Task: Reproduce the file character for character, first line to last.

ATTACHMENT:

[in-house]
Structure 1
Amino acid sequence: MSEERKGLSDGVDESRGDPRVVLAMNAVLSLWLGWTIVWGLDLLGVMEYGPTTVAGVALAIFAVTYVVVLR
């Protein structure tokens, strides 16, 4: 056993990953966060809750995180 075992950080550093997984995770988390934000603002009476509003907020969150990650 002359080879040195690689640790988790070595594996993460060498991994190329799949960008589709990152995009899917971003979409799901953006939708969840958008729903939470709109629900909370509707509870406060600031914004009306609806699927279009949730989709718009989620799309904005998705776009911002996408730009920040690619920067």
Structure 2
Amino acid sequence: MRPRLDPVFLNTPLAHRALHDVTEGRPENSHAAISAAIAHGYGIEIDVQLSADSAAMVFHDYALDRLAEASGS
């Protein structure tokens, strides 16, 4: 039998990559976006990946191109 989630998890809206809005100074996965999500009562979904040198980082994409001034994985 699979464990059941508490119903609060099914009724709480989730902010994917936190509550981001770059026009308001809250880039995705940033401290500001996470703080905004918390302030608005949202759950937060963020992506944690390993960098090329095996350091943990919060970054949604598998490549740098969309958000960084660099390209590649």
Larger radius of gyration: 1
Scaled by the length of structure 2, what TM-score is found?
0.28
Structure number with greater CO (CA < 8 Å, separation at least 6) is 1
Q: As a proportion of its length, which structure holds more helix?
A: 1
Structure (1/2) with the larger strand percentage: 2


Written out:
[in-house]
Structure 1
Amino acid sequence: MSEERKGLSDGVDESRGDPRVVLAMNAVLSLWLGWTIVWGLDLLGVMEYGPTTVAGVALAIFAVTYVVVLR
């Protein structure tokens, strides 16, 4: 056993990953966060809750995180 075992950080550093997984995770988390934000603002009476509003907020969150990650 002359080879040195690689640790988790070595594996993460060498991994190329799949960008589709990152995009899917971003979409799901953006939708969840958008729903939470709109629900909370509707509870406060600031914004009306609806699927279009949730989709718009989620799309904005998705776009911002996408730009920040690619920067």
Structure 2
Amino acid sequence: MRPRLDPVFLNTPLAHRALHDVTEGRPENSHAAISAAIAHGYGIEIDVQLSADSAAMVFHDYALDRLAEASGS
């Protein structure tokens, strides 16, 4: 039998990559976006990946191109 989630998890809206809005100074996965999500009562979904040198980082994409001034994985 699979464990059941508490119903609060099914009724709480989730902010994917936190509550981001770059026009308001809250880039995705940033401290500001996470703080905004918390302030608005949202759950937060963020992506944690390993960098090329095996350091943990919060970054949604598998490549740098969309958000960084660099390209590649």
Larger radius of gyration: 1
Scaled by the length of structure 2, what TM-score is found?
0.28
Structure number with greater CO (CA < 8 Å, separation at least 6) is 1
Q: As a proportion of its length, which structure holds more helix?
A: 1
Structure (1/2) with the larger strand percentage: 2